If you love beer—particularly porters—then you have two reasons to celebrate this week! This week sees the birthday of Michael Jackson, considered one of the best beer writers of our time, and also marks the creation of Daniel Wheeler’s innovative malt-roasting process, which led to the porters we enjoy today.
It’s All in the Roast
The most important factor affecting a beer’s color is the malt—specifically the amount of roast. Malts that have been kilned or roasted longer will impart a darker color to the beer, along with some toasty or caramel notes. Maltsters can control the degree of roast by adjusting the temperature of the kiln, giving brewers a wide range of colors and flavors to work with.
Tools and Technology
Daniel Wheeler’s malt roaster was the result of both the Industrial Revolution and the expectations of beer drinkers. Emerging technology had given brewers better tools and more insight into their brewing process, and in 1784 they were introduced to the hydrometer. For the first time, brewers were able to accurately judge the alcohol content of their beer. This led to the creation of the word “stout” and gave brewers the ability to determine which malts were most efficient—that is, which had the most fermentable sugars poised to be turned into alcohol.
They learned that brown malts, which had been the sole malt used in porters, actually provided less fermentable sugars than pale malt. On the surface, brown malt was cheaper than pale malt, but the difference in yield negated the seeming advantage and proved that the brown malts were actually more expensive when targeting a higher gravity.
Taxes and Bans
Many brewers began brewing with pale malts instead, but they did not lend the same color porter-drinking beer lovers were used to. To satisfy consumer expectations, some brewers turned to adjuncts to darken the pale brews, such as licorice, burnt sugar or condensed wort. But sugar, the most common additive, was not taxed, so in 1816 the British government declared that only water, hops and malt could be used in beer, and added sugar to the list of banned ingredients.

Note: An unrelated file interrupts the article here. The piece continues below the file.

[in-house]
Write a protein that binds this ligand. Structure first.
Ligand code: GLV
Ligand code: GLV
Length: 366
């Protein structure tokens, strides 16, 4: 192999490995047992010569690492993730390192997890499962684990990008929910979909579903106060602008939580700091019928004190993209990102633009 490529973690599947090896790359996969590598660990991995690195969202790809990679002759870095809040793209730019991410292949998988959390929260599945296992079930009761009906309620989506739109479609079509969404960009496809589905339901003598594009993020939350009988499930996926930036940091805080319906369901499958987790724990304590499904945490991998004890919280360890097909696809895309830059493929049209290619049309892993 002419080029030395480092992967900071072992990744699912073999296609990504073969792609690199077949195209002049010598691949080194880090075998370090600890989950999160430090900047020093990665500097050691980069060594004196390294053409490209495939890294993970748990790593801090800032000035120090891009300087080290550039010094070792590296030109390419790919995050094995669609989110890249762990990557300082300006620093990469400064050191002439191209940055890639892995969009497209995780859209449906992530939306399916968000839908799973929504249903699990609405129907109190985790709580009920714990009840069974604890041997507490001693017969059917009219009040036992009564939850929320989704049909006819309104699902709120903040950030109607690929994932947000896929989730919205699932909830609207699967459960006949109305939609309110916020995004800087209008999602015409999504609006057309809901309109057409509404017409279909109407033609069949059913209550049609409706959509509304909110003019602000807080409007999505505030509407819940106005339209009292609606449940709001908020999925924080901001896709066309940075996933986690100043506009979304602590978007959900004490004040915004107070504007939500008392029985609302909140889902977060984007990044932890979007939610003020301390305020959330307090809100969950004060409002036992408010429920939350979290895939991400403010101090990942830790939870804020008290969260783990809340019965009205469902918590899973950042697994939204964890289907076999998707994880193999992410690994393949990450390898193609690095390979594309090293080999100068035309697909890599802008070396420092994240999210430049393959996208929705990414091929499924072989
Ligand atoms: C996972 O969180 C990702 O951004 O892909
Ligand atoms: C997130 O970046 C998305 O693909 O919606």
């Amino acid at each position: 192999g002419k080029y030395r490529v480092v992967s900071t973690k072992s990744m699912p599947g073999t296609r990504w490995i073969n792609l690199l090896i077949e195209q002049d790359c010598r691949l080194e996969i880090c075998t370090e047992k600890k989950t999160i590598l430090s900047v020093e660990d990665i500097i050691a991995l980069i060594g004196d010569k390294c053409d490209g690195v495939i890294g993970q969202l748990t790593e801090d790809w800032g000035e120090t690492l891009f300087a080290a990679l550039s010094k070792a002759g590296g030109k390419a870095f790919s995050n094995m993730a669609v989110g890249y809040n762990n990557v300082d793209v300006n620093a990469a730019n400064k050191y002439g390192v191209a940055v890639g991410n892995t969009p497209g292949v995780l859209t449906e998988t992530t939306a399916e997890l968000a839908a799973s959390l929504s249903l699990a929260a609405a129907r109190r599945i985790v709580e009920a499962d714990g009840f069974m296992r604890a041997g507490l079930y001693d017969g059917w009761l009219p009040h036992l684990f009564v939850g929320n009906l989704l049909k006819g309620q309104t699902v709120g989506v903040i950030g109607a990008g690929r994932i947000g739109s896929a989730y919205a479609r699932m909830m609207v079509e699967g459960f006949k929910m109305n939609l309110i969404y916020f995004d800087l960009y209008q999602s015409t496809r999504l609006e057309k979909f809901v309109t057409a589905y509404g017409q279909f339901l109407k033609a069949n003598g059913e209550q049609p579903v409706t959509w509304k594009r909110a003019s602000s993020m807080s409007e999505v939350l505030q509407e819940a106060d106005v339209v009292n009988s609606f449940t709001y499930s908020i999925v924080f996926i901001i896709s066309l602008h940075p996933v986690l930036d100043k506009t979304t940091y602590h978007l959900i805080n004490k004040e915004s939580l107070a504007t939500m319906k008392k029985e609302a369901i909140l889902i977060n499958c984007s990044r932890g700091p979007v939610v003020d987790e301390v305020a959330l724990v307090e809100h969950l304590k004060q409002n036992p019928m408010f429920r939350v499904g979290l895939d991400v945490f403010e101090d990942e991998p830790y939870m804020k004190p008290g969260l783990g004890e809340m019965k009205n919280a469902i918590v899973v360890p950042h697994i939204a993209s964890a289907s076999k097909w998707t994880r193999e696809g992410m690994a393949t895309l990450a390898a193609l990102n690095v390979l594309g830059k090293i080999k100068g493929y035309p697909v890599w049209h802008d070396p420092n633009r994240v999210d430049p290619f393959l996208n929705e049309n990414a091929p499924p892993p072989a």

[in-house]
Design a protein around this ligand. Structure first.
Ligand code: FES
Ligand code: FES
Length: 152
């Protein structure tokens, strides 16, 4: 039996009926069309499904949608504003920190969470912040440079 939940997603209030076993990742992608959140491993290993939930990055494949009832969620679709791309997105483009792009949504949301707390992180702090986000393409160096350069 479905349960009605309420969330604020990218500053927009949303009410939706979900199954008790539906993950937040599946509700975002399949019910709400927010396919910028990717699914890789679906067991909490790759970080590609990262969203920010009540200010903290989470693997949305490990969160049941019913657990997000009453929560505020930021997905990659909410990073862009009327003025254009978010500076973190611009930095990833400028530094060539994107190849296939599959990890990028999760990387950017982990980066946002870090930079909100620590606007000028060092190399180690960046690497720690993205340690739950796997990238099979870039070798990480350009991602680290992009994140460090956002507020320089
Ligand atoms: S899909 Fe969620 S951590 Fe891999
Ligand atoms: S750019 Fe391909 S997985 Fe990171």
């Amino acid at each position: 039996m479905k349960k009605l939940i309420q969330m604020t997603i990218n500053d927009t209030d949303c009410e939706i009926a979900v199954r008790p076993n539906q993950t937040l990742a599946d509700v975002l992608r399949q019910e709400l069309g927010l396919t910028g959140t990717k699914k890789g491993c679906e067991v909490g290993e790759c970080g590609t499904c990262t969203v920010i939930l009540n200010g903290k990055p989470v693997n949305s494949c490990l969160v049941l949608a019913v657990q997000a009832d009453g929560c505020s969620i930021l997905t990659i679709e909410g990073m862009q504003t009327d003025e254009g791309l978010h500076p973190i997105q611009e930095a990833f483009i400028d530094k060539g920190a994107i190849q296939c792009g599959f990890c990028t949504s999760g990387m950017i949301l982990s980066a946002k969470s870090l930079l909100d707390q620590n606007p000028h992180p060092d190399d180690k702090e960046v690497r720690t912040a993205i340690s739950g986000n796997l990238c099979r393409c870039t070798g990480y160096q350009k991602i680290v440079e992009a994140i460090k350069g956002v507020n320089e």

Taking the Black
Enter Daniel Wheeler. Wheeler had previously been working as sugar roaster for these very same brewers, and he used that experience to build his malt roaster. Wheeler’s kiln could roast the malt for more than two hours at 400°F, resulting in a deep, dark malt that would add a lot of color to the beer. Wheeler patented the process on March 28, 1817—hence the name patent malt or black malt—and the malt was quickly adopted for use by the London brewers.
Black malts are still commonly found in today’s stouts and porters, where they add color as well as flavor. While too much can make the beer unpleasantly bitter or charred tasting, small amounts of black malts can help control sweetness while contributing a roasty tone. Black malts also bring a dark, fruity note to the beer, accenting other dark fruit or port-like characteristics.
A Toast for the Toasted
So pour a glass of something dark and drink a toast to technology, taxation and Daniel Wheeler! And raise a glass to Michael Jackson, too, who loved to explain it all to us.
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